New Haven To UI: Not One More Dime

Markeshia Ricks Photo New Haveners concerned about a proposed rate increase said that they want United Illuminating to have the infrastructure to withstand superstorms, but that they’ve already paid for it.

The electric company is asking the state Public Utilities Regulatory Authority (PURA) to grant a more than $100 million distribution rate increase over a three year period. The increase would generate $65.6 million next year, $27.1 million the following year and another $13.4 million in 2019.

That would raise individual customer bills by an average of about $30 a month over that three-year period, according to the Office of Consumer Counsel.

The counsel’s office opposes the rate increase. It also came out for reducing by almost $10, to $7.63, a residential fixed charge that UI levies.

UI said it needs the increase to replace poles and wires and make other investments to avoid power outages during major storms.

More than 35 residents from New Haven and other parts of the state attended a PURA hearing Monday in the Hall of Records at 200 Orange St. to oppose the rate increase. They said some people already can’t afford their bills. And they argued that the rate increase de-incentivizes energy-efficiency efforts.

Several people also argued that UI is primarily seeking to line the pockets of its new parent company, Spain-based Iberdrola.

Frank Panzarella said that stats already showed during the last rate increase request that Connecticut residents are having trouble paying their bills. He asked what made UI think that customers can afford to pay more.

“I don’t think that situation has improved,” he said. “I haven’t seen the current statistics, but I would bet that it’s even higher than it was then.”

He also called UI hypocritical about increases. On the one hand, he said, the company panned the push for solar power because the company claimed it would hurt low-income people. But when customers attempted to be more energy efficient and reduce their bills, the company went back to the state to ask for a rate increase to make up for lost revenue.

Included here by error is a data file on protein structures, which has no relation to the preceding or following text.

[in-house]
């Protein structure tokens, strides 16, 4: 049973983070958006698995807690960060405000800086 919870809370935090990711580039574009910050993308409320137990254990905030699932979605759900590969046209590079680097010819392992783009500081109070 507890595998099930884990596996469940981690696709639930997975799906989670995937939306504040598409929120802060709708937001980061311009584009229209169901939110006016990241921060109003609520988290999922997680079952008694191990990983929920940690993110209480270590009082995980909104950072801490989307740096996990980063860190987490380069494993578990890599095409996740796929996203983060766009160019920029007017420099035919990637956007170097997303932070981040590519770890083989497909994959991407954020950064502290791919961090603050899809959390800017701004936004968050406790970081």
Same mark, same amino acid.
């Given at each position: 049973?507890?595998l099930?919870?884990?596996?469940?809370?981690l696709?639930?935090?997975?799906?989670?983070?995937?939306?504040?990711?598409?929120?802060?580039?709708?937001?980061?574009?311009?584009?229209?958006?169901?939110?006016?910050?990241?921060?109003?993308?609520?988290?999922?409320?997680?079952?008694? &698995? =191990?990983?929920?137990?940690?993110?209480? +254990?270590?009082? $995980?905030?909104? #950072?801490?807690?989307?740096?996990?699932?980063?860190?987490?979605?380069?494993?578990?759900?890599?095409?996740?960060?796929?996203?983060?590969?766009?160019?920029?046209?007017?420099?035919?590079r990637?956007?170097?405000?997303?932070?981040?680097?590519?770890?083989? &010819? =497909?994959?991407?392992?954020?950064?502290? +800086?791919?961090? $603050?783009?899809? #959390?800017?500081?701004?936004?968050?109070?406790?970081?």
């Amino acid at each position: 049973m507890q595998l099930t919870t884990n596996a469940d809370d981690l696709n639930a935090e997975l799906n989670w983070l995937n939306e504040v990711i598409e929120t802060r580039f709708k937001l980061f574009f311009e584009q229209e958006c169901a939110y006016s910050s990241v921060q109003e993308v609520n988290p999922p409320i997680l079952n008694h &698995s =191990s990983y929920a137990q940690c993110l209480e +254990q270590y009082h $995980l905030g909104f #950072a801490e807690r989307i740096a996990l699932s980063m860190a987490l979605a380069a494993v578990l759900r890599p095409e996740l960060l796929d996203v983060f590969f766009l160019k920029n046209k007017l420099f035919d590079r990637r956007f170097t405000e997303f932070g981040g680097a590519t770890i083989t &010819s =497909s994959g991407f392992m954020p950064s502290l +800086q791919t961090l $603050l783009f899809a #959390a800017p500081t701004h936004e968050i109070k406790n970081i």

“If they’re so concerned about low income people, why are they now slamming them with all of these increases?” he asked. “I don’t think they are. They’re punishing people who are doing what the state wants people to do—conserve energy.”

David Desiderato of the Connecticut Fund for the Environment argued that individual customers who invest their money in trying to do the right thing and conserve energy by reducing their consumption get hit with an unwelcome reality — their usage goes down, but their bill stays up, because of a fixed charge in their bills. When customers see no real change in their bills, they’re less likely to make the investments in efficiency, he said.

“We’re not saying UI shouldn’t recover the just and reasonable costs that they incur on our behalf to supply services,” Desiderato said. “We’re saying that those costs should be recovered in different ways, in ways that encourage customers to the greatest extent possible to use energy efficiently and to invest in greater efficiency.”

“Reducing or eliminating the fixed charge advances state policy, encourages conservation, is supported by nearly every one including administrative and legislative decision makers, and does not have a negative financial consequences for the utility,” he said. “By not taking this action [of reducing or eliminating the fixed rate] opens the door to even higher charges.”

“Is the sky the limit, once we go down this path? Other states around us haven’t gone down this path,” he added. “We have by far the highest rates around, anywhere. And it’s not just residential customers. Look at the rates that business customers pay; they are similarly high.”

Environmentalist Lynne Bonnett said she wants the lower rates that New York and Massachusetts have.

“Given the historical high rates we’ve been paying in Connecticut, why [do we] need to pay more to meet our needs than our neighbors?” she asked. “Is Connecticut mismanaging our assets?”

She argued that rate increase disproportionately hurts the urban poor. Even though UI has a community benefit program, many people don’t qualify for the benefits because they don’t own their home, and if they do, they’re often waitlisted, Bonnett said.

Angela Hatley said she simply can’t afford another increase, especially when she has invested in making her home more energy efficient and not seen any benefit to her bill. She also dismissed infrastructure improvements that don’t involve putting electrical infrastructure underground, where it would be protected from the elements.